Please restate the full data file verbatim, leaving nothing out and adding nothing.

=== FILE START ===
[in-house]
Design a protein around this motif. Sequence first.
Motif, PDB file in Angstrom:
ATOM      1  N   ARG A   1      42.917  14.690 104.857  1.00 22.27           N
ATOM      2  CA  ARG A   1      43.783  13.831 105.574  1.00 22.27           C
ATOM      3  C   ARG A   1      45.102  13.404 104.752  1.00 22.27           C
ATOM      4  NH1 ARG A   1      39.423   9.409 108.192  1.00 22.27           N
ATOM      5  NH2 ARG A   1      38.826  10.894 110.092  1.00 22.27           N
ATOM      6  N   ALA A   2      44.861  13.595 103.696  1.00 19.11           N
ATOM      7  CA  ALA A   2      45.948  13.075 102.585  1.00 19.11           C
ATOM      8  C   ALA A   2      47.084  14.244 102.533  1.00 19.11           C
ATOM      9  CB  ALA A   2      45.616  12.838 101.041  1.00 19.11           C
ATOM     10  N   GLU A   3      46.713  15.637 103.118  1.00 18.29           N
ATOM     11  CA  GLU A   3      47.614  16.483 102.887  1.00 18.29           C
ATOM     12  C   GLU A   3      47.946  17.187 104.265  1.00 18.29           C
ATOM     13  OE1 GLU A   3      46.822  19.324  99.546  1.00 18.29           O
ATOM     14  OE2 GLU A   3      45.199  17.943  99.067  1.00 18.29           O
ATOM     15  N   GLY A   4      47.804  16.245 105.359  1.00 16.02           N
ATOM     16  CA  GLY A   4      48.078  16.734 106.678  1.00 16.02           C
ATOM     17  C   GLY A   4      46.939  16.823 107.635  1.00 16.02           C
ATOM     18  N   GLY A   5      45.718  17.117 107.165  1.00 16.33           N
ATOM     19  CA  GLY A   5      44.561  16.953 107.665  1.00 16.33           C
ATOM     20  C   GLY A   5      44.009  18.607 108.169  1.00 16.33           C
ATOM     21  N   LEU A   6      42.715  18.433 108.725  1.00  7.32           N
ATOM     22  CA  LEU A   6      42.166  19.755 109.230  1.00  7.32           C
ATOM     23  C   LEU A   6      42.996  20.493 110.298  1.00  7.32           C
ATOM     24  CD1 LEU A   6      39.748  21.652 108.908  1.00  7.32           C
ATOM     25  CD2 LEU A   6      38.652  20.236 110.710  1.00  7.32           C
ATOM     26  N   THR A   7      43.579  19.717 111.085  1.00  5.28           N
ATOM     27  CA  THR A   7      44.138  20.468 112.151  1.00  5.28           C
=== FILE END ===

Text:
[in-house]
Design a protein around this motif. Sequence first.
Motif, PDB file in Angstrom:
ATOM      1  N   ARG A   1      42.917  14.690 104.857  1.00 22.27           N
ATOM      2  CA  ARG A   1      43.783  13.831 105.574  1.00 22.27           C
ATOM      3  C   ARG A   1      45.102  13.404 104.752  1.00 22.27           C
ATOM      4  NH1 ARG A   1      39.423   9.409 108.192  1.00 22.27           N
ATOM      5  NH2 ARG A   1      38.826  10.894 110.092  1.00 22.27           N
ATOM      6  N   ALA A   2      44.861  13.595 103.696  1.00 19.11           N
ATOM      7  CA  ALA A   2      45.948  13.075 102.585  1.00 19.11           C
ATOM      8  C   ALA A   2      47.084  14.244 102.533  1.00 19.11           C
ATOM      9  CB  ALA A   2      45.616  12.838 101.041  1.00 19.11           C
ATOM     10  N   GLU A   3      46.713  15.637 103.118  1.00 18.29           N
ATOM     11  CA  GLU A   3      47.614  16.483 102.887  1.00 18.29           C
ATOM     12  C   GLU A   3      47.946  17.187 104.265  1.00 18.29           C
ATOM     13  OE1 GLU A   3      46.822  19.324  99.546  1.00 18.29           O
ATOM     14  OE2 GLU A   3      45.199  17.943  99.067  1.00 18.29           O
ATOM     15  N   GLY A   4      47.804  16.245 105.359  1.00 16.02           N
ATOM     16  CA  GLY A   4      48.078  16.734 106.678  1.00 16.02           C
ATOM     17  C   GLY A   4      46.939  16.823 107.635  1.00 16.02           C
ATOM     18  N   GLY A   5      45.718  17.117 107.165  1.00 16.33           N
ATOM     19  CA  GLY A   5      44.561  16.953 107.665  1.00 16.33           C
ATOM     20  C   GLY A   5      44.009  18.607 108.169  1.00 16.33           C
ATOM     21  N   LEU A   6      42.715  18.433 108.725  1.00  7.32           N
ATOM     22  CA  LEU A   6      42.166  19.755 109.230  1.00  7.32           C
ATOM     23  C   LEU A   6      42.996  20.493 110.298  1.00  7.32           C
ATOM     24  CD1 LEU A   6      39.748  21.652 108.908  1.00  7.32           C
ATOM     25  CD2 LEU A   6      38.652  20.236 110.710  1.00  7.32           C
ATOM     26  N   THR A   7      43.579  19.717 111.085  1.00  5.28           N
ATOM     27  CA  THR A   7      44.138  20.468 112.151  1.00  5.28           C